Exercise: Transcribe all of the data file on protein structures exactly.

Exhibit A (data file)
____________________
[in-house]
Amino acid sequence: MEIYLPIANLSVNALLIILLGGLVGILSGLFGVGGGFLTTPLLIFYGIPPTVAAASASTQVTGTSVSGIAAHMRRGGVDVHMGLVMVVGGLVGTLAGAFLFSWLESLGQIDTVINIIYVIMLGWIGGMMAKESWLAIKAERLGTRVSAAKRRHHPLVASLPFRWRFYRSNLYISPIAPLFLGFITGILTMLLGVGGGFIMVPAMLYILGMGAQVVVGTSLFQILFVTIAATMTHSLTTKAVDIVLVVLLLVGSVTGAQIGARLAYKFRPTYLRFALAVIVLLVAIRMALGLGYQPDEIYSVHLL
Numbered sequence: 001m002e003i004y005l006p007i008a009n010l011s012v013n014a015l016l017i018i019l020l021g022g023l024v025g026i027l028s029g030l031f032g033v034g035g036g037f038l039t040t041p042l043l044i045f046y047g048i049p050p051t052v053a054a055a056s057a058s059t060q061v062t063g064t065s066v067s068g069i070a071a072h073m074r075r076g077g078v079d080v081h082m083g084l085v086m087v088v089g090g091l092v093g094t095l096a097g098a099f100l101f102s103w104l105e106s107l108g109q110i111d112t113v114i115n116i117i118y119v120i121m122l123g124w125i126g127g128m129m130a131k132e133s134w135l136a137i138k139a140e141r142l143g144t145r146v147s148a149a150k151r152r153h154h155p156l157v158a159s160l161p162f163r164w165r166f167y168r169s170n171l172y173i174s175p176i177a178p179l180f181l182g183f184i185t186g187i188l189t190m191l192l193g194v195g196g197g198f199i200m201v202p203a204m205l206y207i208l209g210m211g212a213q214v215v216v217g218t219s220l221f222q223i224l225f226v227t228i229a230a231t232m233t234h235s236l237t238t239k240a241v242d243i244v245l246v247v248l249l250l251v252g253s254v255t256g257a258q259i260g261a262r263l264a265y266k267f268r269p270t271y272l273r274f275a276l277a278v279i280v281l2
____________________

[in-house]
Amino acid sequence: MEIYLPIANLSVNALLIILLGGLVGILSGLFGVGGGFLTTPLLIFYGIPPTVAAASASTQVTGTSVSGIAAHMRRGGVDVHMGLVMVVGGLVGTLAGAFLFSWLESLGQIDTVINIIYVIMLGWIGGMMAKESWLAIKAERLGTRVSAAKRRHHPLVASLPFRWRFYRSNLYISPIAPLFLGFITGILTMLLGVGGGFIMVPAMLYILGMGAQVVVGTSLFQILFVTIAATMTHSLTTKAVDIVLVVLLLVGSVTGAQIGARLAYKFRPTYLRFALAVIVLLVAIRMALGLGYQPDEIYSVHLL
Numbered sequence: 001m002e003i004y005l006p007i008a009n010l011s012v013n014a015l016l017i018i019l020l021g022g023l024v025g026i027l028s029g030l031f032g033v034g035g036g037f038l039t040t041p042l043l044i045f046y047g048i049p050p051t052v053a054a055a056s057a058s059t060q061v062t063g064t065s066v067s068g069i070a071a072h073m074r075r076g077g078v079d080v081h082m083g084l085v086m087v088v089g090g091l092v093g094t095l096a097g098a099f100l101f102s103w104l105e106s107l108g109q110i111d112t113v114i115n116i117i118y119v120i121m122l123g124w125i126g127g128m129m130a131k132e133s134w135l136a137i138k139a140e141r142l143g144t145r146v147s148a149a150k151r152r153h154h155p156l157v158a159s160l161p162f163r164w165r166f167y168r169s170n171l172y173i174s175p176i177a178p179l180f181l182g183f184i185t186g187i188l189t190m191l192l193g194v195g196g197g198f199i200m201v202p203a204m205l206y207i208l209g210m211g212a213q214v215v216v217g218t219s220l221f222q223i224l225f226v227t228i229a230a231t232m233t234h235s236l237t238t239k240a241v242d243i244v245l246v247v248l249l250l251v252g253s254v255t256g257a258q259i260g261a262r263l264a265y266k267f268r269p270t271y272l273r274f275a276l277a278v279i280v281l2